How is the protagonist portrayed? Does he or she have a clear internal need? Does the protagonist have a fatal flaw that creates a difficulty he or she must overcome? Is the action is the story designed so that it forces the character on an adventure where he or she must change and grow to achieve the internal need? Remember that story comes from character, not the other way around.
Since the storyteller creates the events of the plot solely for the sake of the protagonist's journey, the choice of protagonist has a dramatic effect on the course of the plot. The choice of protagonist decides what events are possible, and how the the plot moves forward as the protagonist reacts to those events. Plot and protagonist are intimately connected. If you have created a plot that does not fit the protagonist, or vice versa, the story will not work. This is a fatal mismatch. One must be changed to accommodate the other.
Likewise, a storyteller cannot create a plot in a vacuum. Did you come up with the main character first, and then the action of the story based on that particular character? Or did you come up with the actions of the plot first, and then as an afterthought pull some generic people out of the air to carry out that plot? A plot-first approach will create an experience that is hollow and lifeless. The protagonist will not be an authentic human being whom the audience can attach their thoughts and emotions, but a hollow shell who exists simply to connect the plot's dots. The audience will then feel little emotional connection to the plot's events because there is no humanity behind them with which the audience can connect.
What is your story's premise? Does the script stick to this premise from beginning to end? Or does it suddenly abandon its established premise halfway through and veer off into an unrelated area? Abandoning a premise means essentially abandoning the entire story and trying to invent a new one halfway through the film. Audiences become confused and upset as everything they have been paying so close attention to thus far has been thrown in the garbage. Now, they are being asked to pay attention to a new story. Most audiences do not have this kind of patience.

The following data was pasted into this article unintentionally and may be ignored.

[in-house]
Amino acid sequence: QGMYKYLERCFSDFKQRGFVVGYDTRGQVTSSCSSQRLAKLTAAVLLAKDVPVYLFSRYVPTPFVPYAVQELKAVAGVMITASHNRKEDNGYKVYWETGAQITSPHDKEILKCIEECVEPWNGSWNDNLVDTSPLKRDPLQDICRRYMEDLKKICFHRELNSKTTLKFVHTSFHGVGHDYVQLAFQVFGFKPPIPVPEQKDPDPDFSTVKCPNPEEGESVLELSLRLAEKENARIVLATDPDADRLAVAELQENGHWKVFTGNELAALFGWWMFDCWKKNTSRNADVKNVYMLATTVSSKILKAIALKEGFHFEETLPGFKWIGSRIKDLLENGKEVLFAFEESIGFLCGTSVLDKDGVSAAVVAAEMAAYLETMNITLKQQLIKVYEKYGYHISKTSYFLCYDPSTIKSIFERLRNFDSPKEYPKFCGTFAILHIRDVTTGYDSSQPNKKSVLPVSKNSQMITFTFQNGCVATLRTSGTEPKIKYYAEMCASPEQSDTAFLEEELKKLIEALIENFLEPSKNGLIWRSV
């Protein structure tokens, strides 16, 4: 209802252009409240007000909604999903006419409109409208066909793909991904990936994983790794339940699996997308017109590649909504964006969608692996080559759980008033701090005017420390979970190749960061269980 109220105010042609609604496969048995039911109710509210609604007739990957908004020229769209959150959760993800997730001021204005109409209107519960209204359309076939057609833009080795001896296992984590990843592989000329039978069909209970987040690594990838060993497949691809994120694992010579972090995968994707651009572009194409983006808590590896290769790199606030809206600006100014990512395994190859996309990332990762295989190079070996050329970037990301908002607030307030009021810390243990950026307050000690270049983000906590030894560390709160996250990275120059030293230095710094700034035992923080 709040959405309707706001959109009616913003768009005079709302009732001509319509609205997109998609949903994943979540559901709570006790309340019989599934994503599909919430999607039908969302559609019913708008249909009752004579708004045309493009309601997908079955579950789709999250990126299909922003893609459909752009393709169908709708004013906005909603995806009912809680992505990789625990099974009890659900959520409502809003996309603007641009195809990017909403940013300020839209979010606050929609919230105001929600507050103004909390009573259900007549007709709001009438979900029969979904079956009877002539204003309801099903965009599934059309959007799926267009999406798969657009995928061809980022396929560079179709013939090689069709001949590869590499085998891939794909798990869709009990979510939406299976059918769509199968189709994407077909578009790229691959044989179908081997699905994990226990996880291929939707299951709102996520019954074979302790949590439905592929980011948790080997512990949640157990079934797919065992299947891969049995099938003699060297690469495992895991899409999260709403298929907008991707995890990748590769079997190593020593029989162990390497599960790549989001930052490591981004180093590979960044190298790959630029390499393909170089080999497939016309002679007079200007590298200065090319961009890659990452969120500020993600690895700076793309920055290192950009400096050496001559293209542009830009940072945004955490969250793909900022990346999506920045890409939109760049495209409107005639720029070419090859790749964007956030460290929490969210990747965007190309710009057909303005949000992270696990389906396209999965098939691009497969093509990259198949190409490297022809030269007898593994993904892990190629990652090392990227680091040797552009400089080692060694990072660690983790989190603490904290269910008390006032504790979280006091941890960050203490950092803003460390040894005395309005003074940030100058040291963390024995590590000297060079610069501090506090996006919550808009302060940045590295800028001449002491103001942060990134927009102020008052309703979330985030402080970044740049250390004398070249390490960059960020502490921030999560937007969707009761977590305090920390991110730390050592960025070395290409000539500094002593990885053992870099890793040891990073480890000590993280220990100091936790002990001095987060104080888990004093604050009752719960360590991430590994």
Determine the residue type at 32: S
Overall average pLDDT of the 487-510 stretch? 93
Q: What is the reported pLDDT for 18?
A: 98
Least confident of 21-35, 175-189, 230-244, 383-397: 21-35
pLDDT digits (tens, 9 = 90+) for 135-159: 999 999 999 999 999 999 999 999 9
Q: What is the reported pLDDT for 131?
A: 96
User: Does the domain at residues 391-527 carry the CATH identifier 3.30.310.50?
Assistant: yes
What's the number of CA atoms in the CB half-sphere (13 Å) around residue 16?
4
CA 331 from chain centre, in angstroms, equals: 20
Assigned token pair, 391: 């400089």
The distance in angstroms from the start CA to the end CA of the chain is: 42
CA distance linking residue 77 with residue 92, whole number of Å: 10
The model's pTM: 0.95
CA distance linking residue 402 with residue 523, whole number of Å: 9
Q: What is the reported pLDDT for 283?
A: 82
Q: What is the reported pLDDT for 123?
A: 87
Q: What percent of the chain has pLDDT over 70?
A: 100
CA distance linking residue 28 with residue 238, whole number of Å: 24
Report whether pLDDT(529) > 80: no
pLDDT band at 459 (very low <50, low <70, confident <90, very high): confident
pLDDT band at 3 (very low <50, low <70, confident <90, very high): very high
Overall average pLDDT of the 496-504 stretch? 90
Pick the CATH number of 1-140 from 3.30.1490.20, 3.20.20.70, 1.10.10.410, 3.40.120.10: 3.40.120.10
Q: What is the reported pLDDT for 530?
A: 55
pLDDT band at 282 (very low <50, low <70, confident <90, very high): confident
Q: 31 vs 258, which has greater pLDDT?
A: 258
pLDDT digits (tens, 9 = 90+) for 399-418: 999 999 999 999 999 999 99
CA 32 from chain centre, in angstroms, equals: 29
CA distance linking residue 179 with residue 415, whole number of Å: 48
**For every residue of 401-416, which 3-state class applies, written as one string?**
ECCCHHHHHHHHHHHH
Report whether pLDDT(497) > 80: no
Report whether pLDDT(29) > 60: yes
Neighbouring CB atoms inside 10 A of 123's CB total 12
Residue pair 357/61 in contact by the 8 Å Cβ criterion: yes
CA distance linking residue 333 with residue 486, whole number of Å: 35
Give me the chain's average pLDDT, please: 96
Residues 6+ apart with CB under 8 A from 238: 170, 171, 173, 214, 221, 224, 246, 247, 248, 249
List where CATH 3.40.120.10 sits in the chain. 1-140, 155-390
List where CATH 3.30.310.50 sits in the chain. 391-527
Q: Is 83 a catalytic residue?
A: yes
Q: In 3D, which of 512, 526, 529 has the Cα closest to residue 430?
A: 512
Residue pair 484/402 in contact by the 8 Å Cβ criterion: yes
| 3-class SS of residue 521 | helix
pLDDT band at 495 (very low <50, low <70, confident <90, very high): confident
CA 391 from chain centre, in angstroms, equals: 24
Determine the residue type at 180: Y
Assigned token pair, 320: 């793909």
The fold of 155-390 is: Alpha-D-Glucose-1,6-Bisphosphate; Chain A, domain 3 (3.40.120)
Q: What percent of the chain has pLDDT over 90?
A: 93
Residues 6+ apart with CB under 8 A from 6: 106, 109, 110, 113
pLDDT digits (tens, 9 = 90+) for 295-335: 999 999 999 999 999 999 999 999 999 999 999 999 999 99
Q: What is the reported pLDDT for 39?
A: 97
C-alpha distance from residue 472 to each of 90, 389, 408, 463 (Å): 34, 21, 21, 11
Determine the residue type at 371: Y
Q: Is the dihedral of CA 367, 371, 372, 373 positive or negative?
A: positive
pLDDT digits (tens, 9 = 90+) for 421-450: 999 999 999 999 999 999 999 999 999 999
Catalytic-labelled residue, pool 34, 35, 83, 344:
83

Next, look at the script's Story Spine. Identify the forces that propel the protagonist to act. What is the protagonist's main Story Problem? What Story Goal does he or she set to overcome that problem? What actions does the protagonist pursue on his or her Path of Action to reach that goal? What is the Main Conflict that stands in the way? What are the Stakes that keep pushing the protagonist onward despite the resistance created by the Conflict? Does the Spine have all five elements? Are they strong enough to provide enough dramatic impulse for the entire length of the story? Does your script have a Story Spine at all? (A missing or incomplete Story Spine is the most common cause of failed scripts.)
How does the action of the Story Spine unfold? Does the plot develop in clear, structured story sequences? Does the protagonist advance the story by willfully pursuing immediate goals that have the purpose of furthering his or her overall cause?
Look at the script's genre. Are you SURE this is the right genre for the particular story? Do you understand the inherent rules of the genre? Does your story conform to these rules? Genre creates guidelines that help the audience understand what to expect from a story. Genre confusion creates audience confusion. A script that does not know how to handle its genre will create a muddled mish-mash to which the audience does not know how to react.
Any problem you find during this process is a major flaw at your story's very foundation. It is an enormous crack in the bedrock that radiates out into dozens of problems on the surface. Like a building with a damaged foundation, sometimes the only way to fix the problem is to bulldoze the structure, lay a new foundation, and then start construction all over again.
(BTW, I do know that the phrase "Gentlemen, this is a football" is famously associated with legendary Packers coach Vince Lombardi. However, his use of the phrase communicated something different than the story of the high school coach- a story that I heard first. Lombardi's use referred to a dedication to the fundamentals, not a stripping down to start over.)